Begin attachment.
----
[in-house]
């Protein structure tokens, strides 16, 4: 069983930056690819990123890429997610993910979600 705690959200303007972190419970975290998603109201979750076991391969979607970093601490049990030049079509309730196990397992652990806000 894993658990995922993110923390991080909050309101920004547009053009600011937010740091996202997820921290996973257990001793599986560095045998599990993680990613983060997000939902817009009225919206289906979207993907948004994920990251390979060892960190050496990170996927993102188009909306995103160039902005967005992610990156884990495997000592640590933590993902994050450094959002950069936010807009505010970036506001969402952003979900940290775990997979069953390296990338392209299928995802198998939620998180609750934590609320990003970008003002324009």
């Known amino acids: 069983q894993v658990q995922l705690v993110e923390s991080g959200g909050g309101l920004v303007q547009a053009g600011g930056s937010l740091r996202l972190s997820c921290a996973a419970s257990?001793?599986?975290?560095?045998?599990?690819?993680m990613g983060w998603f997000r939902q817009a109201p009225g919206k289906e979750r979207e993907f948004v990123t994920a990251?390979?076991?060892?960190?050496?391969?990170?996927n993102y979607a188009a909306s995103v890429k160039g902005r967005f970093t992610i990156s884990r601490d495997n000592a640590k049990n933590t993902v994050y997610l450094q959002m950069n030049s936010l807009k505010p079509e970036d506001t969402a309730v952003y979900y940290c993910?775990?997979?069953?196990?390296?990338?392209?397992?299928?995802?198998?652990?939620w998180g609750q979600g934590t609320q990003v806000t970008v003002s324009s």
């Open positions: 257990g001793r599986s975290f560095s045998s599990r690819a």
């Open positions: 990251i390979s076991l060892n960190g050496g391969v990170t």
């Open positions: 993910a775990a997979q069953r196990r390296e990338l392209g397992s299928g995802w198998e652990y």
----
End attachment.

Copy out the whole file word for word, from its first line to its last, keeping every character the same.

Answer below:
[in-house]
């Protein structure tokens, strides 16, 4: 069983930056690819990123890429997610993910979600 705690959200303007972190419970975290998603109201979750076991391969979607970093601490049990030049079509309730196990397992652990806000 894993658990995922993110923390991080909050309101920004547009053009600011937010740091996202997820921290996973257990001793599986560095045998599990993680990613983060997000939902817009009225919206289906979207993907948004994920990251390979060892960190050496990170996927993102188009909306995103160039902005967005992610990156884990495997000592640590933590993902994050450094959002950069936010807009505010970036506001969402952003979900940290775990997979069953390296990338392209299928995802198998939620998180609750934590609320990003970008003002324009």
């Known amino acids: 069983q894993v658990q995922l705690v993110e923390s991080g959200g909050g309101l920004v303007q547009a053009g600011g930056s937010l740091r996202l972190s997820c921290a996973a419970s257990?001793?599986?975290?560095?045998?599990?690819?993680m990613g983060w998603f997000r939902q817009a109201p009225g919206k289906e979750r979207e993907f948004v990123t994920a990251?390979?076991?060892?960190?050496?391969?990170?996927n993102y979607a188009a909306s995103v890429k160039g902005r967005f970093t992610i990156s884990r601490d495997n000592a640590k049990n933590t993902v994050y997610l450094q959002m950069n030049s936010l807009k505010p079509e970036d506001t969402a309730v952003y979900y940290c993910?775990?997979?069953?196990?390296?990338?392209?397992?299928?995802?198998?652990?939620w998180g609750q979600g934590t609320q990003v806000t970008v003002s324009s």
């Open positions: 257990g001793r599986s975290f560095s045998s599990r690819a």
């Open positions: 990251i390979s076991l060892n960190g050496g391969v990170t």
């Open positions: 993910a775990a997979q069953r196990r390296e990338l392209g397992s299928g995802w198998e652990y």